1. When people living in some region of the world declare that their group has the right to live autonomously, they are saying that they ought to be allowed to govern themselves. In making this claim, they are, in essence, rejecting the political and legal authority of those not in their group. They are insisting that whatever power these outsiders may have over them, this power is illegitimate; they, and they alone, have the authority to determine and enforce the rules and policies that govern their lives.

2. When an individual makes a similar declaration about some sphere of his/her own life, he/she, too, is denying that anyone else has the authority to control his/her activity within this sphere; he/she is saying that any exercise of power over this activity is illegitimate unless he/she authorizes it herself.

3. The demand to be permitted to govern ourselves reflects the conviction that we are, in essence, self-governors. An activist is one who acts. In order to act, one must initiate one’s action. Since nothing and no one has the power to act except the activist him/herself. He/she alone is entitled to exercise this power, if he/she is entitled to act.

4. Every activist has an authority over him/ herself that is grounded, not in his/her political or social role, nor in any law or custom, but in the simple fact that he/she alone can initiate her actions. 5. Despite the special inalienable nature of our authority over ourselves, it is possible for us to fail to govern ourselves, just as it is possible for a political leader to fail to govern those who fall within her domain.forces that move her.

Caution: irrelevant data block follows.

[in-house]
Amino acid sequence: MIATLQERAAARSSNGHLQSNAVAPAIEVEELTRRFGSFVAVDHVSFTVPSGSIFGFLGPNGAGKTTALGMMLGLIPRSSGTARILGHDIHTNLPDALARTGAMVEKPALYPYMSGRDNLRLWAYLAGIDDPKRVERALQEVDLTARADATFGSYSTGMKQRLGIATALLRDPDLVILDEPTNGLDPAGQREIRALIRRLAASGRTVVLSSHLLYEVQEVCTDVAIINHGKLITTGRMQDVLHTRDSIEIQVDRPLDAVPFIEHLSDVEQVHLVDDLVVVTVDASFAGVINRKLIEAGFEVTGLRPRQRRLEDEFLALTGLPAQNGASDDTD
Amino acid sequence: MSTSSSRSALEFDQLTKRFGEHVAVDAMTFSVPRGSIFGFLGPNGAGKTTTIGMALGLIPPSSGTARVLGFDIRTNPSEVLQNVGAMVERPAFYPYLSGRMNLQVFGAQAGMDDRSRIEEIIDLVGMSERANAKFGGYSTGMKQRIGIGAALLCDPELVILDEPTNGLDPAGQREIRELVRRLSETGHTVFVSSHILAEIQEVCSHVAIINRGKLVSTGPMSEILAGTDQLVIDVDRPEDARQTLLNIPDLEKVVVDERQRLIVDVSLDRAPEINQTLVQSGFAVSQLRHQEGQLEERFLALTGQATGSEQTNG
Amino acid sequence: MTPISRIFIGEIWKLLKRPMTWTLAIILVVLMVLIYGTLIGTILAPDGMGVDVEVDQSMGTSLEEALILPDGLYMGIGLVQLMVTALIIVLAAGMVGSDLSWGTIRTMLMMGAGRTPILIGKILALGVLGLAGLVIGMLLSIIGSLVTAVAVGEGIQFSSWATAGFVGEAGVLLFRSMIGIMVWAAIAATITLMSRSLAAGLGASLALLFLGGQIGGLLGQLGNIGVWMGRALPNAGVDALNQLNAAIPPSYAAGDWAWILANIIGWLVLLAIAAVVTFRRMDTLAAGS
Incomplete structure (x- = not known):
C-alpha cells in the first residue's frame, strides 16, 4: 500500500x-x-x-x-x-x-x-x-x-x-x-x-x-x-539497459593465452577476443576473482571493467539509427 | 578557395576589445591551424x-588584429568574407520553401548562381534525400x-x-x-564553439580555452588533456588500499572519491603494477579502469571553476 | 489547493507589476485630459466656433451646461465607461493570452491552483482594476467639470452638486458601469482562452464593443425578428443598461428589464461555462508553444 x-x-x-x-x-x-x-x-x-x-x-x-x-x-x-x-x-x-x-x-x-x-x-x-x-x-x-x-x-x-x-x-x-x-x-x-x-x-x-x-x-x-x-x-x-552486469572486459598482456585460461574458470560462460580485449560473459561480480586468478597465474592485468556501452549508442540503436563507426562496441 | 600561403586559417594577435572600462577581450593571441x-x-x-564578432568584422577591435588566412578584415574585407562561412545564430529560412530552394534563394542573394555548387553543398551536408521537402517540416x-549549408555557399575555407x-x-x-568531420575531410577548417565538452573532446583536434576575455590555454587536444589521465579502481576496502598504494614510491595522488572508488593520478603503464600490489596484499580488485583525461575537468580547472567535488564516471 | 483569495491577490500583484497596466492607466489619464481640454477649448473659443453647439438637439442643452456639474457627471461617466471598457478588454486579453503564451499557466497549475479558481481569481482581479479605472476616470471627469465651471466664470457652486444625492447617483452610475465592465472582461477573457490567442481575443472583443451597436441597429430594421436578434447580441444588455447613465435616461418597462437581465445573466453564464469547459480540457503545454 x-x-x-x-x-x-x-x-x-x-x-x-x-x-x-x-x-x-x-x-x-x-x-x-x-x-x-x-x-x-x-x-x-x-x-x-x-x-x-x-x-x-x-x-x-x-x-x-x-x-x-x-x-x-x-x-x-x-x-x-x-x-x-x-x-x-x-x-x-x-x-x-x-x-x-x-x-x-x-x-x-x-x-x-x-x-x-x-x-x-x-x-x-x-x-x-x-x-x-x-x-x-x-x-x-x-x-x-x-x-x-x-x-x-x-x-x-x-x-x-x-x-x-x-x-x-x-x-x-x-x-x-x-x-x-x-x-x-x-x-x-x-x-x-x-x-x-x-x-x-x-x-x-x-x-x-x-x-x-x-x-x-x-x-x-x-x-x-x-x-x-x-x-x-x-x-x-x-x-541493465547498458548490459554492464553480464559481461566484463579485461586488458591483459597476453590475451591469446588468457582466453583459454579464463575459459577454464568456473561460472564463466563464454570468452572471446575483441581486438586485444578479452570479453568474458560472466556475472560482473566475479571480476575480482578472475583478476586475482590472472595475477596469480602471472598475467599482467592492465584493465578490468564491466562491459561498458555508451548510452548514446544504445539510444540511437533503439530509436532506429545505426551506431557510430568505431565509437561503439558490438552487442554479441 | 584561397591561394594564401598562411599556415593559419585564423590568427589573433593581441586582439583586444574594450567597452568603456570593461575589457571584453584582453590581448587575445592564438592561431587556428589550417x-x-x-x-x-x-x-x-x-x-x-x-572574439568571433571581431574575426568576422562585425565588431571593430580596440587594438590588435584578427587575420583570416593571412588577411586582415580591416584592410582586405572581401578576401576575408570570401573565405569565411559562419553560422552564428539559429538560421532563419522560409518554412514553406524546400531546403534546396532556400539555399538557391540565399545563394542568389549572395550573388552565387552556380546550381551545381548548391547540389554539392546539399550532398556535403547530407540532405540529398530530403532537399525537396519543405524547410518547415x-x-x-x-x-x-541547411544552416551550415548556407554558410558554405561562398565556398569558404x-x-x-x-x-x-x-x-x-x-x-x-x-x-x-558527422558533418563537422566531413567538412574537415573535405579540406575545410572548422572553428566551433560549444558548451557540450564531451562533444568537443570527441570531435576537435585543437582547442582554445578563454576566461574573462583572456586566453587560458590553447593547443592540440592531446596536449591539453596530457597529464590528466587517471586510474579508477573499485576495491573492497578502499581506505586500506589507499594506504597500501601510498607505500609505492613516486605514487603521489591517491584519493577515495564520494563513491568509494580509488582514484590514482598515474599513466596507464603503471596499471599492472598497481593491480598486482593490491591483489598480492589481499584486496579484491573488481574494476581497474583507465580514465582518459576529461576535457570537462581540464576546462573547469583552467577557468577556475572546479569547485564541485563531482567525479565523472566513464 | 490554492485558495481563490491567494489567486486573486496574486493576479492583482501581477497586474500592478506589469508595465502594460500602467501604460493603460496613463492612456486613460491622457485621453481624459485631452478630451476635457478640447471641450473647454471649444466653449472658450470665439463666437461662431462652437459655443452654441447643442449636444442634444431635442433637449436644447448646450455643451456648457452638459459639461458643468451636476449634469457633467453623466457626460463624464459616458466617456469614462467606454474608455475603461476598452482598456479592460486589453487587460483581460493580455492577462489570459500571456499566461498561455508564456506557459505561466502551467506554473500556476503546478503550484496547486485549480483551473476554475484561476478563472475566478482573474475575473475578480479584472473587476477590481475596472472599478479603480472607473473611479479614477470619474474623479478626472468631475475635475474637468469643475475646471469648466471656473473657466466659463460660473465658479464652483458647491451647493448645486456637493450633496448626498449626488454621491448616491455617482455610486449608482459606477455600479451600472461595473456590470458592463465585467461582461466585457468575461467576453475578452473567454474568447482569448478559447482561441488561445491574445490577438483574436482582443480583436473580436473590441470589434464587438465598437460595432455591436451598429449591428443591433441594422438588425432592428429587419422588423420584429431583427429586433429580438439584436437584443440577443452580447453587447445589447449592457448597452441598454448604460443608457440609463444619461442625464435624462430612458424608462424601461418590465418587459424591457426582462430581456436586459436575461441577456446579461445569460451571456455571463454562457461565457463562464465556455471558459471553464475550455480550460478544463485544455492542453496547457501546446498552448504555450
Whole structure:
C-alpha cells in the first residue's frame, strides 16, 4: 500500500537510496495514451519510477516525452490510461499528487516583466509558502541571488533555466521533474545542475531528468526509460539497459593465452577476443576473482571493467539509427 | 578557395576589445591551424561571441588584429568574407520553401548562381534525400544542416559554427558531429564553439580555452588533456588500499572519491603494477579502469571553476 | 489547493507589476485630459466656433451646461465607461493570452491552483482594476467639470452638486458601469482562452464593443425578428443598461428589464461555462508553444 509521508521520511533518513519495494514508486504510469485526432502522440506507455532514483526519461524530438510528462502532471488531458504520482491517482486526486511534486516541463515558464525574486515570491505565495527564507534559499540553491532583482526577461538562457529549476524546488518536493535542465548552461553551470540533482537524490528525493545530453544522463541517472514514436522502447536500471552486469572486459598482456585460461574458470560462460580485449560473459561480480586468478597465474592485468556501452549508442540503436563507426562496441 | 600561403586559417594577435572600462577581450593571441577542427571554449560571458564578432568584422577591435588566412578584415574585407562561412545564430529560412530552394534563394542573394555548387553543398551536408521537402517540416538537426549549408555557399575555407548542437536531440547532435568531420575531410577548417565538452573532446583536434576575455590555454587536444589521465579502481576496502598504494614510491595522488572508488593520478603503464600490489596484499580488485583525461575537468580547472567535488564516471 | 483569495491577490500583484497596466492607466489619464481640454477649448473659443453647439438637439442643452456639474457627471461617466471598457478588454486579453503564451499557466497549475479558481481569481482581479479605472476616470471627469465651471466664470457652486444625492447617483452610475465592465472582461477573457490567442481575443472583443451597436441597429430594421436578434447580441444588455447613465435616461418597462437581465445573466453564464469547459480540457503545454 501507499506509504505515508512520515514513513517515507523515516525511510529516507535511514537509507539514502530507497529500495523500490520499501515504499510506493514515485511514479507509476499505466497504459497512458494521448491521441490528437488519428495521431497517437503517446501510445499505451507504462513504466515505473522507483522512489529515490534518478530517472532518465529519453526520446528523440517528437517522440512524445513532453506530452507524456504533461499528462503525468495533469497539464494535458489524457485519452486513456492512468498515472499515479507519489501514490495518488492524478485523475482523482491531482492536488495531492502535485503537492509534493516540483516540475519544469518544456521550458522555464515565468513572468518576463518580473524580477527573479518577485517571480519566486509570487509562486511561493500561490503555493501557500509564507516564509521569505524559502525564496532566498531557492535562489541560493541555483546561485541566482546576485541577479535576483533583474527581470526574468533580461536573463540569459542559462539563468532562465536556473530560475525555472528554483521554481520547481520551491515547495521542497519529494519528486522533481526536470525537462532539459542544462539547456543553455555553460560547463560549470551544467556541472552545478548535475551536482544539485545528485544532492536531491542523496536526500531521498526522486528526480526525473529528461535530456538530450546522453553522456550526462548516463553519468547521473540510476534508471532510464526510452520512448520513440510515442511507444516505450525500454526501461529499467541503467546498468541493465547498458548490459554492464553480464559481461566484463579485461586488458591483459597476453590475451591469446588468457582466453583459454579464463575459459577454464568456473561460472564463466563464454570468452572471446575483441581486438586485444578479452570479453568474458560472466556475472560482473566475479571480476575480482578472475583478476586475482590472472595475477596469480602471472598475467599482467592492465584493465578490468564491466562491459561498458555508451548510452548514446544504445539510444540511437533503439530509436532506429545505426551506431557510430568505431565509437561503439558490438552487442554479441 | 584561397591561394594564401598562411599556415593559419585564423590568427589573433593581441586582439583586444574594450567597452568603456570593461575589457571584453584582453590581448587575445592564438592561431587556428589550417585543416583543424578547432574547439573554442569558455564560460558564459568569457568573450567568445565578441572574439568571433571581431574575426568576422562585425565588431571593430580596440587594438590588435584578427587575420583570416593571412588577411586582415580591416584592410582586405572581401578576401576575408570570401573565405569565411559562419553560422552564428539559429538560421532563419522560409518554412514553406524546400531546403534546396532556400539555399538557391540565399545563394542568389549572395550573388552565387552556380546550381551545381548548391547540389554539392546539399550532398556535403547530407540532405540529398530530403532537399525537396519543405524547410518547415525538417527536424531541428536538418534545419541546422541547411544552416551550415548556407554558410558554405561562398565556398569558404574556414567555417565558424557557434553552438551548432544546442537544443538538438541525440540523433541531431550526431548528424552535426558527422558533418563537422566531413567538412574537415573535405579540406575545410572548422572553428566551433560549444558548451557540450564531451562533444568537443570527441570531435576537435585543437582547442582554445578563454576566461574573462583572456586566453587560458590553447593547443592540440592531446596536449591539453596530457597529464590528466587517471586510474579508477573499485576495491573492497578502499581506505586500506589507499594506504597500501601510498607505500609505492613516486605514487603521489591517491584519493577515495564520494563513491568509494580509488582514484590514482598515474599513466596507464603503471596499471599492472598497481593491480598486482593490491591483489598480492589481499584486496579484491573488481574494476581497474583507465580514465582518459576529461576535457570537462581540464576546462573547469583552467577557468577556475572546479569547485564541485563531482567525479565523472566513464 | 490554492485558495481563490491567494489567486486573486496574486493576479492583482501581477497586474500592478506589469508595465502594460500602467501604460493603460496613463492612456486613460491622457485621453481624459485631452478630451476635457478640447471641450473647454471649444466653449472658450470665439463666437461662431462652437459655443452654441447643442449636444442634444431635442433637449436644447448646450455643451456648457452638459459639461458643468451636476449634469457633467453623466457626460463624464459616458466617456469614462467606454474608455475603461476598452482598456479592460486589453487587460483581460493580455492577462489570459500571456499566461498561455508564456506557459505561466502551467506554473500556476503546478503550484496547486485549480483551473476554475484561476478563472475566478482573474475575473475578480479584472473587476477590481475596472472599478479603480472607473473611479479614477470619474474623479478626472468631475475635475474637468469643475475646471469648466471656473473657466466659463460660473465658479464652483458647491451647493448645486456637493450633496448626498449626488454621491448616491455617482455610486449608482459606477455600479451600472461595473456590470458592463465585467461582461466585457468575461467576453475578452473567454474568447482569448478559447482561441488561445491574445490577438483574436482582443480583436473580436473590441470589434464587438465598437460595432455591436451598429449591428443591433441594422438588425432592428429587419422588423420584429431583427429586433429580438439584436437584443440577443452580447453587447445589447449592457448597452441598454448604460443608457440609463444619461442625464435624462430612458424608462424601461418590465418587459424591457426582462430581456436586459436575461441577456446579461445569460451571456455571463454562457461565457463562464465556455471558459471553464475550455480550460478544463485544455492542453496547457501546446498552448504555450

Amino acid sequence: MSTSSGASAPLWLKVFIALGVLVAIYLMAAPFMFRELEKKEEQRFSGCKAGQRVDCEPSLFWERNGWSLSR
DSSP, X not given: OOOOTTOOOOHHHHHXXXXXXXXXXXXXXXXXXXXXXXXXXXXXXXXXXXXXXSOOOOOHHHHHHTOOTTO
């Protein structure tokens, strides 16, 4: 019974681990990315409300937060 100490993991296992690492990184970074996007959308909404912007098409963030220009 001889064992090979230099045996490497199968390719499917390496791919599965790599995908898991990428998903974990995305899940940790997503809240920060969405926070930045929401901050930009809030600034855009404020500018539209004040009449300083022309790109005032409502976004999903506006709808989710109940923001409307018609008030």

7. There is certainly widespread agreement about the paradigm threats to personal autonomy: brainwashing, compulsion, addiction, depression, anxiety, and many other conditions are prevented from governing themselves. 8. Everything we do is a response to the past and present circumstances over which we have no control. Given everything we know about what is and what ought to be, we have to determine how we are going to act.

9. Necessarily, theoretical reasoners are passive bystanders to the events on the basis of which they predict future events. But activists are not mere observers of the passing scene. As practical reasoners, we have no choice but to determine our responses to what we observe — even if everything we do — and so, everything we decide to do — is determined by events in the past. To make up our minds, we need not be sophisticated reasoners. We need not even be capable of doubting the legitimacy of our most powerful motives.

10. And since no fact can play the role of a reason unless someone takes it to be a reason, activists necessarily have the ultimate authority over the powers that move them.

11. The content of our desire to govern ourselves when we act thus remains obscure to us, even as the legitimacy of this desire is clear.

12. Autonomy is both open and closed; it requires some degree of self-modeling. Furthermore, autonomy is closely related to individuality and self-governance, the combination of the two yielding independent functionality through the organized interaction of processes.

13. The value of autonomy in explaining the individuality of minds, as well as the openness of mind in terms of its integration into the world and with its infrastructure suggests that it may be able to cast similar insight onto living systems.